The assembly of the linear DNA template for the in vitro transcription and translation (IVTT) was performed essentially as described by Houlihan et al.24, with a few modifications. In brief: the assembly fragments (5′ untranslated region-AGT and 3′ HA-tag and untranslated region) were amplified in separate PCR steps with the primer pairs LMB/LMB-match and pIVBT7/pIVBT7-match (for the full list of primers used in this publication see Supplementary Table 1), respectively, from the plasmid template pISNEX-SNAP-GFP-HA. Standard thermo-cycling conditions were used with the annealing temperature of 55 °C and the 30 s extension at 72 °C (using Pfu Ultra II polymerase; Agilent). To remove the template vector the fragments were gel purified (QIAquick Gel Extraction Kit, QIAGEN), then digested with DpnI (NEB), followed by ProteinaseK treatment (NEB), and finally purified with DNA Clean&Concentrator kit (Zymo Research). The 50 μl PCR assembly reaction (also with Pfu Ultra II polymerase) was done with LMB and BG-conjugated pIVBT7 primers, 20 ng of each assembly fragment and 40 ng of the insert fragment (either created with error-prone or with recovery primer pair). The standard thermo-cycling was done with annealing step at 58 °C, extension at 72 °C for 1 min 30 s and for 30 cycles. Samples were run on an agarose gel to confirm that DNA fragments with the correct size were amplified (data not shown).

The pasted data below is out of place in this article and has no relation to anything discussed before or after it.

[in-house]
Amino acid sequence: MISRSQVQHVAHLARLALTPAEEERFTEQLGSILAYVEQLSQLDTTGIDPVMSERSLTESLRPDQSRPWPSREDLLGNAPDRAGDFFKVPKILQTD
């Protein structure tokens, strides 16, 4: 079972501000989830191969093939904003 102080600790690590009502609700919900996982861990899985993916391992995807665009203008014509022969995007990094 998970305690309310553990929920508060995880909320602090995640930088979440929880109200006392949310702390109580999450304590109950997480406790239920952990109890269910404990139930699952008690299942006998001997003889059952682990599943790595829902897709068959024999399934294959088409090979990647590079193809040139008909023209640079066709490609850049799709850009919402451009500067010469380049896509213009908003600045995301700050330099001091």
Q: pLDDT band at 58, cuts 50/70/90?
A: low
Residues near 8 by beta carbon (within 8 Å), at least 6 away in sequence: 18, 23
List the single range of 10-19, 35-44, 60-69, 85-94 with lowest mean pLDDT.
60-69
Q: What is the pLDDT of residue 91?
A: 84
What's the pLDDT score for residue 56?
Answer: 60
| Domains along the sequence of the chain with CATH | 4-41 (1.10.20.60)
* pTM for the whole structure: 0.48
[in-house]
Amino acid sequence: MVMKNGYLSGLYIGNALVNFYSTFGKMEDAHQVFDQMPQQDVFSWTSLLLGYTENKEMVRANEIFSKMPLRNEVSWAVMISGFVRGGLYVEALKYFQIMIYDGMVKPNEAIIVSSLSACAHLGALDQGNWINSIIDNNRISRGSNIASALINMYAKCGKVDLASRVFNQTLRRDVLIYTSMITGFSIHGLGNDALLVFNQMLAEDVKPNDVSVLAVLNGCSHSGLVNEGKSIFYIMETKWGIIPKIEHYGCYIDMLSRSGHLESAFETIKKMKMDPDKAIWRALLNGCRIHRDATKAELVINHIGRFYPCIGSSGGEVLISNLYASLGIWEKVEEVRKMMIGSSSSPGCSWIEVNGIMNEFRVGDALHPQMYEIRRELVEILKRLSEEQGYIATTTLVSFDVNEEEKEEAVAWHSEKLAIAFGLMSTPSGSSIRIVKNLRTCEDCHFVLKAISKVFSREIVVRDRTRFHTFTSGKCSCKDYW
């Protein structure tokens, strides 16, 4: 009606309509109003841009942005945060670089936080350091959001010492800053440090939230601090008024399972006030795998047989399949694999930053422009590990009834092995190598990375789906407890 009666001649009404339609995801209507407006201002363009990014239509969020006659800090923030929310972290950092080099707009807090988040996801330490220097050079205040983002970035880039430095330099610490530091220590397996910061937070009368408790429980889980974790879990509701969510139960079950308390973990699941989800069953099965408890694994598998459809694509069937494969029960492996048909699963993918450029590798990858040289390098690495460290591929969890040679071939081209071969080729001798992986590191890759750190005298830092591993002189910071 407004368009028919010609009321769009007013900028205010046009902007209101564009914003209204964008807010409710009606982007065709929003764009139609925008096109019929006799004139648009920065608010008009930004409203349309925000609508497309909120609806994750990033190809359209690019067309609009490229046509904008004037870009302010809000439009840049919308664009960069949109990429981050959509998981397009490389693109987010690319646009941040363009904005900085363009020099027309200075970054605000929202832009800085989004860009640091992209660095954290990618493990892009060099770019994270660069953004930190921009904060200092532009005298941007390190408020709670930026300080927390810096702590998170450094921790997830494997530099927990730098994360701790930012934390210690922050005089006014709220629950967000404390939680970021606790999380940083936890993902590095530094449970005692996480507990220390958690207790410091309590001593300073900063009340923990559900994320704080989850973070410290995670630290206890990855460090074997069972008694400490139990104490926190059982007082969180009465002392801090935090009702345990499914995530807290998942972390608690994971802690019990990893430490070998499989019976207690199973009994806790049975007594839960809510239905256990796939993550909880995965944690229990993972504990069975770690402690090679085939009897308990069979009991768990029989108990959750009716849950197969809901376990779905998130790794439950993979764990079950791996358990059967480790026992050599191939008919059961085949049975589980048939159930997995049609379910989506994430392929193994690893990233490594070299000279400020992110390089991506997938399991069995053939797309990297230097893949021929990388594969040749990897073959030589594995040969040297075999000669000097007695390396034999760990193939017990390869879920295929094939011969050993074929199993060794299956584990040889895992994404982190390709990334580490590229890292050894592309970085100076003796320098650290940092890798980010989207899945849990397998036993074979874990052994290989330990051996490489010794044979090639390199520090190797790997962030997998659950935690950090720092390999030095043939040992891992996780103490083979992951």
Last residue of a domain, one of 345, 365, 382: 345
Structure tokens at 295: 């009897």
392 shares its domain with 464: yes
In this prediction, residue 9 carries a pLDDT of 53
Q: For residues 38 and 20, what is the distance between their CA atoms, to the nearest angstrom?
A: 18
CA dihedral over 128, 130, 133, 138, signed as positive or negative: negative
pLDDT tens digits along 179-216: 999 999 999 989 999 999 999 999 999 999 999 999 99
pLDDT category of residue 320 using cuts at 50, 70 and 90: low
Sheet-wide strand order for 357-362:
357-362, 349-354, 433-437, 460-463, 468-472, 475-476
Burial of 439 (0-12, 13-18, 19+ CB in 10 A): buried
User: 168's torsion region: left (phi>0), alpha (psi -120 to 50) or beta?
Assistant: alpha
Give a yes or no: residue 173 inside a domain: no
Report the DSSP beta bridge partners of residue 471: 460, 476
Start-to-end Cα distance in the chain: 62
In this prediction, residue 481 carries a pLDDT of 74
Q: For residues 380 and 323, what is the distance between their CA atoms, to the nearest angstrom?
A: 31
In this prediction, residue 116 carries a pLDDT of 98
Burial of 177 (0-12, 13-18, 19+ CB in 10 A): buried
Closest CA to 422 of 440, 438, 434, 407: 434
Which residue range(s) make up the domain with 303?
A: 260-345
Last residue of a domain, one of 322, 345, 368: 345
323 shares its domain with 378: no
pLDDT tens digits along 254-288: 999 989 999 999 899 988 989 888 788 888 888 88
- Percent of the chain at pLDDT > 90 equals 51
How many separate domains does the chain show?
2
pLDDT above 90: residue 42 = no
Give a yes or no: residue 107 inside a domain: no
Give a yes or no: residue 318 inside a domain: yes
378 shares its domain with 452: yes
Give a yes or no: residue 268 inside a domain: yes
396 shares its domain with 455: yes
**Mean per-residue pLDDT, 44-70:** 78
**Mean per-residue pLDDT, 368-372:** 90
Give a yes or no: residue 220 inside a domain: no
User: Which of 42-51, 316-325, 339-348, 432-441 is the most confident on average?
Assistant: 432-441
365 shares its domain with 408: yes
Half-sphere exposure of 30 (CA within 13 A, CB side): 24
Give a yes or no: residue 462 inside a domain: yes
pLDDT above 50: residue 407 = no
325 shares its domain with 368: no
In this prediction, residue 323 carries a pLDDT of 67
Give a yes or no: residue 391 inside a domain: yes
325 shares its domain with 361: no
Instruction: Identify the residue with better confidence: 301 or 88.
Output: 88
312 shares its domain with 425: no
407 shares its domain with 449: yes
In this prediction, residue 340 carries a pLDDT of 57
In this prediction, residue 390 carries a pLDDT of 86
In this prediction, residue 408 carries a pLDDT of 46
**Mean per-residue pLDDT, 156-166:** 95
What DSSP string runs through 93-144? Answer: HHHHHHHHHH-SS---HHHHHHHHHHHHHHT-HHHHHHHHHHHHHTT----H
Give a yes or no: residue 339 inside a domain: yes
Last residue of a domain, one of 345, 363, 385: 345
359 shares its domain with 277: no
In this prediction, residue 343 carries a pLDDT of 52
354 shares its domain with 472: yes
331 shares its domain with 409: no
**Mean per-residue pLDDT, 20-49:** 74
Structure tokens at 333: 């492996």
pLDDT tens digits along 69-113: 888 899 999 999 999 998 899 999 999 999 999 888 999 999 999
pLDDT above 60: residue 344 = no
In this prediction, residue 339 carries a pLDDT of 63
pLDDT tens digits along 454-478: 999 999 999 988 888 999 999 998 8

Selection by Bead Surface Display and on-bead assays

The streptavidin coated beads (5.18 μm, SiO2-MAG-SA-S1964, Microparticles) were used for the display of the SNAP-scFv-HA construct. Each selection round was performed according to the procedure described by Diamante et al.31, with the following modifications: 1) improvement of the emulsion PCR reproducibility by changing the surfactant to PicoSurf-1 (Dolomite); 2) optimisation of the IVTT conditions to accommodate for the expression of antibody fragments (e.g., lowering the expression temperature and increasing the incubation time); 3) optimising the deemulsification procedure for minimal loss of beads; 4) changing the primer pair for more efficient DNA recovery of beads selected by FACS. See the Supplementary Protocol 1 for the detailed experimental procedure.